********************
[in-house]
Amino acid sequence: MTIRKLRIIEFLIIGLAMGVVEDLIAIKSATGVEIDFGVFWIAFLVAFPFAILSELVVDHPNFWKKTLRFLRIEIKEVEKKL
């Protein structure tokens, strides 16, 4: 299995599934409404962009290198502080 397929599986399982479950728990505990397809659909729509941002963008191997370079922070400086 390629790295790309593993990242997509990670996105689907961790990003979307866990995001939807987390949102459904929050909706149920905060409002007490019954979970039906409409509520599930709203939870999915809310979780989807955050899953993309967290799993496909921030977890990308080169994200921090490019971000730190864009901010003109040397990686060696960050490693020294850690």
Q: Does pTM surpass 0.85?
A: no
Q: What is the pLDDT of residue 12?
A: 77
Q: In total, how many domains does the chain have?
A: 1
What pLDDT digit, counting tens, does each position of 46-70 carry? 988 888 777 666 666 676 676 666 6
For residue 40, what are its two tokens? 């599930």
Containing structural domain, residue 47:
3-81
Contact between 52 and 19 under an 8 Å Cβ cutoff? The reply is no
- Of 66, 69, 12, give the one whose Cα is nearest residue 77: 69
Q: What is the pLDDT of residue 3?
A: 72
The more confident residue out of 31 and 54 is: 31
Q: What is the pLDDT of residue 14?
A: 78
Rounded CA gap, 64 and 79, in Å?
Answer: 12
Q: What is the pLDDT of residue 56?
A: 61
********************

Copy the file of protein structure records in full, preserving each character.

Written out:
[in-house]
Amino acid sequence: MTIRKLRIIEFLIIGLAMGVVEDLIAIKSATGVEIDFGVFWIAFLVAFPFAILSELVVDHPNFWKKTLRFLRIEIKEVEKKL
């Protein structure tokens, strides 16, 4: 299995599934409404962009290198502080 397929599986399982479950728990505990397809659909729509941002963008191997370079922070400086 390629790295790309593993990242997509990670996105689907961790990003979307866990995001939807987390949102459904929050909706149920905060409002007490019954979970039906409409509520599930709203939870999915809310979780989807955050899953993309967290799993496909921030977890990308080169994200921090490019971000730190864009901010003109040397990686060696960050490693020294850690």
Q: Does pTM surpass 0.85?
A: no
Q: What is the pLDDT of residue 12?
A: 77
Q: In total, how many domains does the chain have?
A: 1
What pLDDT digit, counting tens, does each position of 46-70 carry? 988 888 777 666 666 676 676 666 6
For residue 40, what are its two tokens? 């599930």
Containing structural domain, residue 47:
3-81
Contact between 52 and 19 under an 8 Å Cβ cutoff? The reply is no
- Of 66, 69, 12, give the one whose Cα is nearest residue 77: 69
Q: What is the pLDDT of residue 3?
A: 72
The more confident residue out of 31 and 54 is: 31
Q: What is the pLDDT of residue 14?
A: 78
Rounded CA gap, 64 and 79, in Å?
Answer: 12
Q: What is the pLDDT of residue 56?
A: 61